In 2011 the Florida legislature passed a law to protect the state’s gun owners from having to divulge any information about gun ownership during the course of a medical exam.  The law, which became known as ‘Docs Versus Glocks,’ soon became one of the main poster children of the pro-gun, anti-gun argument that really heated up after the carnage at Sandy Hook.  On one side stood the NRA, which touted the law as a defense of 2nd Amendment rights; on the other side was Brady and the medical community which viewed the law as interfering with the doctor’s right to know.  The law was struck down in 2012 by a Federal District Judge and was immediately appealed by the Gunshine State to the 11th Circuit which held a hearing in July, 2013.  Everyone’s expecting a ruling soon so I thought I would take the opportunity to discuss the case before all the real experts get into the act.

logomdThe law doesn’t completely deny physicians the ability to talk to patients about guns.  What the law actually says is that a physician “shall refrain” from inquiring about firearm ownership unless the practitioner “in good faith believes  that this information is relevant to the patient’s medical care or safety, or the safety of others….” Yet despite this caveat, the medical community attacked the law, declaring that its language would have a chilling effect on the ability of physicians to talk to their patients about all kinds of safety and health issues, not just about guns.  The District Court sided with the docs, calling the law a “legislative illusion” because there was no connection between questions asked about gun ownership and protecting the 2nd Amendment right to own guns.

logo glockWhile arguments over gun control at the federal level get all the headlines, it’s what happens at the state and local levels that really determines whether or not gun owners can get or keep their guns.  The Sullivan Law has been in existence since 1908, it’s almost impossible to own or carry a gun in New York City and 2nd Amendment ‘rights’ can go fly a kite.  In total dollars the NRA gives out less than half a million to state-level candidates and parties, but this is 30 times more than gun control groups give to the same races.  And in a state-level race where 200 or less votes can make the difference, getting your hands on an NRA phone list may carry the day. I’m not sure that the Florida legislators who voted for the gun bill knew or even cared what the law said.  But they didn’t want to be ‘scored’ by the NRA in the next election because they voted the wrong way.  Before the Tea Party showed up it really didn’t matter whether a Republican toed the line on gun issues because the NRA wasn’t about to support any Blue candidates anyway.  But now that a growing number of Republican office-holders face primary challenges from the Right, everyone on the Red side of the aisle is listening to the NRA.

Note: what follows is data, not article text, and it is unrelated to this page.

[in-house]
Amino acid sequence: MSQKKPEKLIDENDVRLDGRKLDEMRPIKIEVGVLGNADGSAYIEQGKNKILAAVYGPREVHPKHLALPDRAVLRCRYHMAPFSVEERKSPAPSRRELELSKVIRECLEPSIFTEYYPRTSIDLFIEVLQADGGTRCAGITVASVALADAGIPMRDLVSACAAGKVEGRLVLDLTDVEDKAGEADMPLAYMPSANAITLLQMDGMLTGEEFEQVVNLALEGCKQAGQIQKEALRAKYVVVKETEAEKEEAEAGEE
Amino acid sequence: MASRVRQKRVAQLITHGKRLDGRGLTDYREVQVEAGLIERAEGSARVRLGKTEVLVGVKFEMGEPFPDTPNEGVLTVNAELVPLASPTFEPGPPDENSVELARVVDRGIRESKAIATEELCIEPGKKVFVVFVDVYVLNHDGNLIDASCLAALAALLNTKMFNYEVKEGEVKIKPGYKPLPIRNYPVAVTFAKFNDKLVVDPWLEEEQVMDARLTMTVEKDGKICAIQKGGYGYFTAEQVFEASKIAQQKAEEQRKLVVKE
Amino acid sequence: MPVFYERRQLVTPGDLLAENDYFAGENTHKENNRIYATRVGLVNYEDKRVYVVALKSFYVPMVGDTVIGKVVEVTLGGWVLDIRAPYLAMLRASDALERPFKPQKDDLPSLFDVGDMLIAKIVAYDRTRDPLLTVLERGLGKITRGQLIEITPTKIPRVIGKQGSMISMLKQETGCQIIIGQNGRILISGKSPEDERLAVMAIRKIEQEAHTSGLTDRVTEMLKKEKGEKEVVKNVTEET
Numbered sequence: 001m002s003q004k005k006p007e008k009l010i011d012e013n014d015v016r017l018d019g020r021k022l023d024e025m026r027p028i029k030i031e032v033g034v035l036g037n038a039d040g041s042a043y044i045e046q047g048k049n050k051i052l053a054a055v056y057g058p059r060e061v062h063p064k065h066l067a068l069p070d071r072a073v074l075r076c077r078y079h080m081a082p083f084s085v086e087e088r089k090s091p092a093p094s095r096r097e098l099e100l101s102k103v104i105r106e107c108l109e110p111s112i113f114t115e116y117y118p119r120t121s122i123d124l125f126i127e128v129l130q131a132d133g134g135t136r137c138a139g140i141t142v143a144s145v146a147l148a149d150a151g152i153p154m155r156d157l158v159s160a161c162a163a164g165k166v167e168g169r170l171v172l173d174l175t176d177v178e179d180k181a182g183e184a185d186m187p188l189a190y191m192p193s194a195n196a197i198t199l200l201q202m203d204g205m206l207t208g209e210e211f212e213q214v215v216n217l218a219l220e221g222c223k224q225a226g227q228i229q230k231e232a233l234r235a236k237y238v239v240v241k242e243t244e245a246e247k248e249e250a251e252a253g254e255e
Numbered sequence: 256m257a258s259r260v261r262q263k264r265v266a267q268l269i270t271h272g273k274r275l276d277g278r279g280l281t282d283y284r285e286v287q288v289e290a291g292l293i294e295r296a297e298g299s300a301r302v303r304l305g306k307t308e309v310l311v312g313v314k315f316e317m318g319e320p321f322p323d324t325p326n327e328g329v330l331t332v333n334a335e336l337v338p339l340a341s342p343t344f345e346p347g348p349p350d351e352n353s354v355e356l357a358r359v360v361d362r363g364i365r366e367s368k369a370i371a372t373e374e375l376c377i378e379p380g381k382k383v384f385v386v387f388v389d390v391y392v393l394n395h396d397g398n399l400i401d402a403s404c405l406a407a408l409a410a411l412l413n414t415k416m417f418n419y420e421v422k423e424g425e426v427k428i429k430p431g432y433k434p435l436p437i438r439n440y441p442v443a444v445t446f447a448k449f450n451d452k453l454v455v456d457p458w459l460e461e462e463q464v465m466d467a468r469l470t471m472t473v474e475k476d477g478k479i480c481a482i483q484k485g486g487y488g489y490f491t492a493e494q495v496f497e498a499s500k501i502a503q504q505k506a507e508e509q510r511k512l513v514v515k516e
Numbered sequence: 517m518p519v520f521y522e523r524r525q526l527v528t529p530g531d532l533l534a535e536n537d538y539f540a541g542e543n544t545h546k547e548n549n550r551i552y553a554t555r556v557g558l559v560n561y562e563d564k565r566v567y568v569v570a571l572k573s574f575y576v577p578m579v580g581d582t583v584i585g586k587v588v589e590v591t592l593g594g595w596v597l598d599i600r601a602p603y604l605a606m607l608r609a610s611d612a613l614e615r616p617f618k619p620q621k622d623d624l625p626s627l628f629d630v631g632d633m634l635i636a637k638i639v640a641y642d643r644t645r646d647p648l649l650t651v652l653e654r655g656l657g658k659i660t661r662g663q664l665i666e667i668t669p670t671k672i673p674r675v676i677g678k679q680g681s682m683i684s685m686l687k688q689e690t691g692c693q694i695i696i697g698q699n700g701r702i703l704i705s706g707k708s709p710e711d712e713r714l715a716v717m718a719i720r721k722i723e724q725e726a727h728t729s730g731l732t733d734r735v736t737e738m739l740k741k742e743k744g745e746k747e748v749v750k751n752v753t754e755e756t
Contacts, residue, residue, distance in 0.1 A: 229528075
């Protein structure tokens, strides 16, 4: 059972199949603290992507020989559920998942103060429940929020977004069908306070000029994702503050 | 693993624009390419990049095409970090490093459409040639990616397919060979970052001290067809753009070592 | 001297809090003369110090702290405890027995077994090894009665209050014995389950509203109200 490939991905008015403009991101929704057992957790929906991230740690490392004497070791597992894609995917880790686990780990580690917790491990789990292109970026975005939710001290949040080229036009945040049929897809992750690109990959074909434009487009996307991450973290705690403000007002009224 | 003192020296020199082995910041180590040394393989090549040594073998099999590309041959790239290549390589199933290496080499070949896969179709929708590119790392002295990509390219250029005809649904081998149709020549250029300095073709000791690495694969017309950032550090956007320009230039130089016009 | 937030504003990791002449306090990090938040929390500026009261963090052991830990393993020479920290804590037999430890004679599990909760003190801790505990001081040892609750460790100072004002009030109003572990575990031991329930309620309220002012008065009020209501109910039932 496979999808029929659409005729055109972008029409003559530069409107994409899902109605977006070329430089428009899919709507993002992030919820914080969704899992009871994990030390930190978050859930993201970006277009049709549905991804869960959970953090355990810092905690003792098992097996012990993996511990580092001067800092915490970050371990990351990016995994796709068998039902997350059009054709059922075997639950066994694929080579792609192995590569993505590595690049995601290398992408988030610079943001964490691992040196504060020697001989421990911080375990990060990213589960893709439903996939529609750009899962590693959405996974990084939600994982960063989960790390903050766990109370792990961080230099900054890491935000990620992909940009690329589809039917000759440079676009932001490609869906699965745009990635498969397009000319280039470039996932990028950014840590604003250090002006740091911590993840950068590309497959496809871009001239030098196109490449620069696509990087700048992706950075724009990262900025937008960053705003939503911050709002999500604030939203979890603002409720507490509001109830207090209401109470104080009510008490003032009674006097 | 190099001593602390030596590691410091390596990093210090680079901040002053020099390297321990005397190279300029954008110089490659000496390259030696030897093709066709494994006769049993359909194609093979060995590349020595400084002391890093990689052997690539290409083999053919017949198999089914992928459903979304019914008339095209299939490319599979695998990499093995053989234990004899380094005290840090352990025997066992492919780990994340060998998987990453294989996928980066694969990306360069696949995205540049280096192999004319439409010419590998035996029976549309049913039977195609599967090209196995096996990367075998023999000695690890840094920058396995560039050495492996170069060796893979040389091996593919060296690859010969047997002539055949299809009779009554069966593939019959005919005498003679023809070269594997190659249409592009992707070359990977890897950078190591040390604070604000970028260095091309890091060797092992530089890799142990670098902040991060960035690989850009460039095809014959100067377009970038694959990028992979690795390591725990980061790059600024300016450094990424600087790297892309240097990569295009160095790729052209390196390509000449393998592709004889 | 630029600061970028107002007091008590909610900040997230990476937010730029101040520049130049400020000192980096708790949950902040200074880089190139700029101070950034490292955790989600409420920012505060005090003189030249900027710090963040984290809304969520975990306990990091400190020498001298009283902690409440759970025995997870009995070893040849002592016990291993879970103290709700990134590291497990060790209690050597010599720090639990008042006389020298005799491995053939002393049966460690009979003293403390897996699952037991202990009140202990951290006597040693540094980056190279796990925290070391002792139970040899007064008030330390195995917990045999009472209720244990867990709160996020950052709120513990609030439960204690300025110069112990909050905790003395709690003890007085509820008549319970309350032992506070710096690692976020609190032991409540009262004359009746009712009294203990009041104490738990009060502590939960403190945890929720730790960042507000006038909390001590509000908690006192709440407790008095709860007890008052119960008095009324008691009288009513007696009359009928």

As for doctors, it took them nearly a century after 1850 to become a self-regulating profession whose guidelines for practice and behavior were largely established and maintained by themselves.  And even though their professional autonomy has of late come into conflict with the market imperatives of insurors and other for-profit enterprises, they still retain sovereignty over defining how to deliver their services at the point that such services matter most, namely, in consultations with patients.  The fact that the Florida legislature didn’t bother to ask their own state Health Department for a recommendation on physicians talking to patients about guns tells me that the motive behind the law had nothing to do with concerns about the delivery of health care at all.  For that matter, it wasn’t that the law threatened doctors who talked to their patients about guns per se, it was the fact that any law which infringes on the professional autonomy of physicians to communicate with their patients threatens the validity of the Hippocratic Oath.

Let’s hope that the 11th Circuit understands what this argument is really all about.